Reader: Ellen P
Title: Ask the Passengers
Author: A.S. King
Publisher: Little, Brown Books
Pub Date: 10/23/12
Top 25: Yes
Convince us to read the book: I think that this book had one of the strongest and most realistic voices I've read in a long time. The main character and her inner feelings and confusion was really well fleshed out and developed through the story. Other, minor characters were also brought to life fully, and the characters you began to dislike were revealed to be far more complex than you wanted to believe. Basically, though there are many conflicts in this story, none of the characters is clearly bad or good, and King avoids painting moral and ethical questions in black and white. The setting, rural Pennsylvania, worked well because it was not full of any specific regional details. I feel like I've seen this town, and so I can identify with Astrid's feelings about living there.
Memorable or Forgettable: First, this book breaks some molds of GLBT fiction. Sure, Astrid's questioning of her sexuality was the basis of the plot, but it wasn't a book about lesbians. It was a book about teenagers and growing up and family, and what all those things mean. Astrid's romantic and platonic relationships were, to me, less interesting than her struggles with family and the way philosophy was integrated into her story. Sometimes when a class in school is used to connect with a protagonist's struggles, a story becomes predictable and tiresome, but Astrid's connection with Socrates fit perfectly and seamlessly into the story. Her family was fascinating and unpredictable. And finally, the airplane passengers who she sends her love to were themselves fleshed out characters. A.S. King, share your secrets. These characters are Awesome. I sat down with this book and started it, and after every chapter I tried to put it down and failed. Miserably. Go read it, when you have a couple hours to get completely immersed.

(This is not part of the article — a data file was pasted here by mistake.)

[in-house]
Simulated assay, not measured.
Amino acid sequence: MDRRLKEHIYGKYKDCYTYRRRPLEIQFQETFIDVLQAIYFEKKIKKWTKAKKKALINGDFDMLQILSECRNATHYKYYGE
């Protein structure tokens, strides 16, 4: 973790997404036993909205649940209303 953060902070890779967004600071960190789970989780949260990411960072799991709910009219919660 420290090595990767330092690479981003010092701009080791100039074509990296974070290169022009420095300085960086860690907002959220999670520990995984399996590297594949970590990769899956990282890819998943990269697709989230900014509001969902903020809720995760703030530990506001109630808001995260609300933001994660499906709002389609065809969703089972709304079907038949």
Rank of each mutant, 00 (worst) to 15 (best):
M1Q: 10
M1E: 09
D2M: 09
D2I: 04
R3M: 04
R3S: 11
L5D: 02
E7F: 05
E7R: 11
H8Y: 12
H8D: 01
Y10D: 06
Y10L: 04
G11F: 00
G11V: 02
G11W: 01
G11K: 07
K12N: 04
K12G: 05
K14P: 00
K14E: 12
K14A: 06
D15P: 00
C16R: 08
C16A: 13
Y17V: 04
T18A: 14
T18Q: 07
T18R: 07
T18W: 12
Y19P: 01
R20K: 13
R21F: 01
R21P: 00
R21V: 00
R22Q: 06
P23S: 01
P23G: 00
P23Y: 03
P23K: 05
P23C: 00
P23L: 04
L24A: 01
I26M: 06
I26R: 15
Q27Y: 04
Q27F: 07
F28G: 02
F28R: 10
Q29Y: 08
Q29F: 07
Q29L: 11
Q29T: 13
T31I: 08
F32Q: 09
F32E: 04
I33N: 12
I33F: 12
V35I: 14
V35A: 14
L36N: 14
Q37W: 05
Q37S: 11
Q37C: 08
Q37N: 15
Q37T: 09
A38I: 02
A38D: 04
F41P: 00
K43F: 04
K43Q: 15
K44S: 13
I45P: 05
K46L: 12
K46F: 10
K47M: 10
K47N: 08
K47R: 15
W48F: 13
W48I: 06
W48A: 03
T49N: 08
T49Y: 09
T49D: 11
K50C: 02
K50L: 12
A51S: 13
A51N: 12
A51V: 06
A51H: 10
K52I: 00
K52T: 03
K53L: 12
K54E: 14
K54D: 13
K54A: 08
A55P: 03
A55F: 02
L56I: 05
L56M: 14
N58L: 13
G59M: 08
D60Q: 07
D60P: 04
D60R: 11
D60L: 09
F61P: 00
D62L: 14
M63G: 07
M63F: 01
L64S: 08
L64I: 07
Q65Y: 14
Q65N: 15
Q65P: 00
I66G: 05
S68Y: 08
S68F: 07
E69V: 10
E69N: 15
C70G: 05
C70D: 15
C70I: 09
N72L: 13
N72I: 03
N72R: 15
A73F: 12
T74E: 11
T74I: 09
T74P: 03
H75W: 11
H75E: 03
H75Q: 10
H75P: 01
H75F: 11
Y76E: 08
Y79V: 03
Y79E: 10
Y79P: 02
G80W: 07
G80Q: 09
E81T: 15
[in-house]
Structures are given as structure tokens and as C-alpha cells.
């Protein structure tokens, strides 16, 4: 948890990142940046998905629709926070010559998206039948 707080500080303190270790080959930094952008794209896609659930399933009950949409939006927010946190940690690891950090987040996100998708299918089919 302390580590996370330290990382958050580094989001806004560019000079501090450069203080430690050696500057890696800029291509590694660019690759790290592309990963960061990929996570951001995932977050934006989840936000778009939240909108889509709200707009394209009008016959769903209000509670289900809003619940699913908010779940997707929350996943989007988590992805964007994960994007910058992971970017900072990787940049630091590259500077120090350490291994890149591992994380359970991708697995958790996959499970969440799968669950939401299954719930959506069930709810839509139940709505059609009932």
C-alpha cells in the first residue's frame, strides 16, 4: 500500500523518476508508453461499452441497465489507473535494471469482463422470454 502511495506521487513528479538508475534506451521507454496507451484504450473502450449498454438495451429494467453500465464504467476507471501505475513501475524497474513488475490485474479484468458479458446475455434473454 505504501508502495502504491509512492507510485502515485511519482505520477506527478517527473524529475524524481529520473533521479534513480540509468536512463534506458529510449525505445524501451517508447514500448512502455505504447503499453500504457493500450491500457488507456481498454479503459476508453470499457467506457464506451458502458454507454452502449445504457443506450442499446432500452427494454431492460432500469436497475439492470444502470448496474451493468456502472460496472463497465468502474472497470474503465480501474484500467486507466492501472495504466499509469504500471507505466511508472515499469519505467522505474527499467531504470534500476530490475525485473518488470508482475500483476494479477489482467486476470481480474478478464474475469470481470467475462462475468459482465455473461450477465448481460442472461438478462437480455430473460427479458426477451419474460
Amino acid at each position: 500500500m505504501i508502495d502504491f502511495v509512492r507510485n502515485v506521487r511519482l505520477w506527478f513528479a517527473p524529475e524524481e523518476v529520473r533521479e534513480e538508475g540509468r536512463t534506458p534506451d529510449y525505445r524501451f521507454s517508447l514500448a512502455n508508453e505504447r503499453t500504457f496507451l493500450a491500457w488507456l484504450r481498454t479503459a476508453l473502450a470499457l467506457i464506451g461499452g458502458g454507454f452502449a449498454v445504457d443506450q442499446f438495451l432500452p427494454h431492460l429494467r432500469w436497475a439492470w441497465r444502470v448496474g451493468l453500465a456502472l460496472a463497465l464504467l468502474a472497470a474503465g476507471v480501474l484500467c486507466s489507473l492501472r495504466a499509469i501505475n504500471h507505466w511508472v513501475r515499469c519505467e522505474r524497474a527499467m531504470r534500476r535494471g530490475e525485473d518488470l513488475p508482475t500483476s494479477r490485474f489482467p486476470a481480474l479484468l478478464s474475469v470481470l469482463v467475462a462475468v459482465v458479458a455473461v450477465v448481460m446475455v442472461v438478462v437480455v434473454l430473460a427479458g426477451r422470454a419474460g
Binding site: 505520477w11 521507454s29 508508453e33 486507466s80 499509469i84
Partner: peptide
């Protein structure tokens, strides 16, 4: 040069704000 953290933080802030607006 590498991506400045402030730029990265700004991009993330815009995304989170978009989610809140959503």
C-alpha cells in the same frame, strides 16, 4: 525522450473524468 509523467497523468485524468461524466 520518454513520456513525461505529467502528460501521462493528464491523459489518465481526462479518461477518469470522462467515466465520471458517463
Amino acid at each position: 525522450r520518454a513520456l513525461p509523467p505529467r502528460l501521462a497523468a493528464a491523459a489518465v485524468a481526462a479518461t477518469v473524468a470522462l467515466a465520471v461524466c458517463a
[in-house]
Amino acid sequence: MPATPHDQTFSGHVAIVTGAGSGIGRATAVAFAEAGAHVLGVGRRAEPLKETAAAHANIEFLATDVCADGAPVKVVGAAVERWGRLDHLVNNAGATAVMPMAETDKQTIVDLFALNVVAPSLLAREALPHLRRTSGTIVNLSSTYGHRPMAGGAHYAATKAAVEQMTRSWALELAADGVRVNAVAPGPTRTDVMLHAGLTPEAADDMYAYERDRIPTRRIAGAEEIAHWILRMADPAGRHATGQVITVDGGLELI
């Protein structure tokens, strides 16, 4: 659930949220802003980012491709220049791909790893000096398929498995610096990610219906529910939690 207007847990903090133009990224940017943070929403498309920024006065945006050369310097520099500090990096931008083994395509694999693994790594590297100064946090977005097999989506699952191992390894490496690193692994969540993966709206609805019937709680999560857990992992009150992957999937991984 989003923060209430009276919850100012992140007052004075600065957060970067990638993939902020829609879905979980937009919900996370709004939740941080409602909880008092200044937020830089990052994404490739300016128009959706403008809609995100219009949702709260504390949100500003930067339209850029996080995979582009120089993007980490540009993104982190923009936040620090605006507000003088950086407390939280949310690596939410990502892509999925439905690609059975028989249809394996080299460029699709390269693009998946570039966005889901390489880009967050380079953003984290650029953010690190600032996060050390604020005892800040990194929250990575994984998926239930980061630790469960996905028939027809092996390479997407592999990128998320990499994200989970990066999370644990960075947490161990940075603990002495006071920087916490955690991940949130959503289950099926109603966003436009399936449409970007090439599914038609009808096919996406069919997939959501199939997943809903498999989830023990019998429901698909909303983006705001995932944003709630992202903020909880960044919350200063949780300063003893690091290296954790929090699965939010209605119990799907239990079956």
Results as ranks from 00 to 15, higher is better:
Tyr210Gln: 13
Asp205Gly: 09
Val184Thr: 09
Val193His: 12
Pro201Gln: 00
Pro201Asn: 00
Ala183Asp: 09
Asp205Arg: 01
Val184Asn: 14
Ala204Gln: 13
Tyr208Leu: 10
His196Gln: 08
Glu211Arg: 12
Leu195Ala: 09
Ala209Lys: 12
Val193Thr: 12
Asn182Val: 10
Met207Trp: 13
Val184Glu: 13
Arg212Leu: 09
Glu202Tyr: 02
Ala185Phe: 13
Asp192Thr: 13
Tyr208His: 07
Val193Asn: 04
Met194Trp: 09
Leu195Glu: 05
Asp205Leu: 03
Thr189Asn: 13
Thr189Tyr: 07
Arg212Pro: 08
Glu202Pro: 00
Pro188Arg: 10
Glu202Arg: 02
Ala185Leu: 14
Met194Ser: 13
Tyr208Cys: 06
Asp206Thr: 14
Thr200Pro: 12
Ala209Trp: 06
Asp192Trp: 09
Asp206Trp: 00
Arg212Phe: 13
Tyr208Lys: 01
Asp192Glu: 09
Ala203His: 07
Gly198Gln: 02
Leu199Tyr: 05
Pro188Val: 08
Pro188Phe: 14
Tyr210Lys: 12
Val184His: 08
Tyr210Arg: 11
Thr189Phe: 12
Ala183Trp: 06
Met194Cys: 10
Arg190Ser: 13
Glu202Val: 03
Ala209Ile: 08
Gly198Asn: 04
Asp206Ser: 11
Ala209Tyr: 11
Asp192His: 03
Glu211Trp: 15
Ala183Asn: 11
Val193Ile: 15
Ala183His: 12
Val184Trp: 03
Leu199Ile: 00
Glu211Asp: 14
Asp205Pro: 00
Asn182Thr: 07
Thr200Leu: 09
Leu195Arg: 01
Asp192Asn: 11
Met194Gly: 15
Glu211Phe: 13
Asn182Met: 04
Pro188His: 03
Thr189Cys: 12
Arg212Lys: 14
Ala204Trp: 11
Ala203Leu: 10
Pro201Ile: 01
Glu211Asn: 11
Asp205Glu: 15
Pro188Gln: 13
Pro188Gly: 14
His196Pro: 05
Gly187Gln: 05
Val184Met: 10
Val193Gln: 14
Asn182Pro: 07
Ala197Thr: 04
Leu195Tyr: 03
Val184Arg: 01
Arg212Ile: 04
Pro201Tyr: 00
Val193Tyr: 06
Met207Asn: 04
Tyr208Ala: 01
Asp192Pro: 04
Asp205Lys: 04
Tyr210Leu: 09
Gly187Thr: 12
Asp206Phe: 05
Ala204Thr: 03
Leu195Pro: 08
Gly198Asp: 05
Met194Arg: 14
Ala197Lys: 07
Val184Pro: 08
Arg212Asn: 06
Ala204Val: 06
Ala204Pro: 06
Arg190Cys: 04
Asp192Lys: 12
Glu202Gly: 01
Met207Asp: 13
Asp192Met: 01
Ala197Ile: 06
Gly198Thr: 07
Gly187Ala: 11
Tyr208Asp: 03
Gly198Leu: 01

Cover: I love love love this cover. Everything about it is beautiful. Usually I shy away from books that use models on the cover, but the camera spots blur out the model enough to give an idea of a person and not put an image of Astrid in readers minds before they open the book. The white is really clean and I just adore the color scheme over all. Seeing this on a shelf, I would absolutely pick it up.
Age Range: 14 through 18 and up
Quality: 5Q Hard to imagine a better book
Popularity: 5P Everyone wants to read it
Annotation: Astrid Jones doesn't know who to talk to. Not her dysfunctional parents, her distant sister, her maybe girlfriend, or her friends. So she sends her love and her questions up to the passengers in the planes flying overhead.
tags: GLBTQ / coming of age / ya lit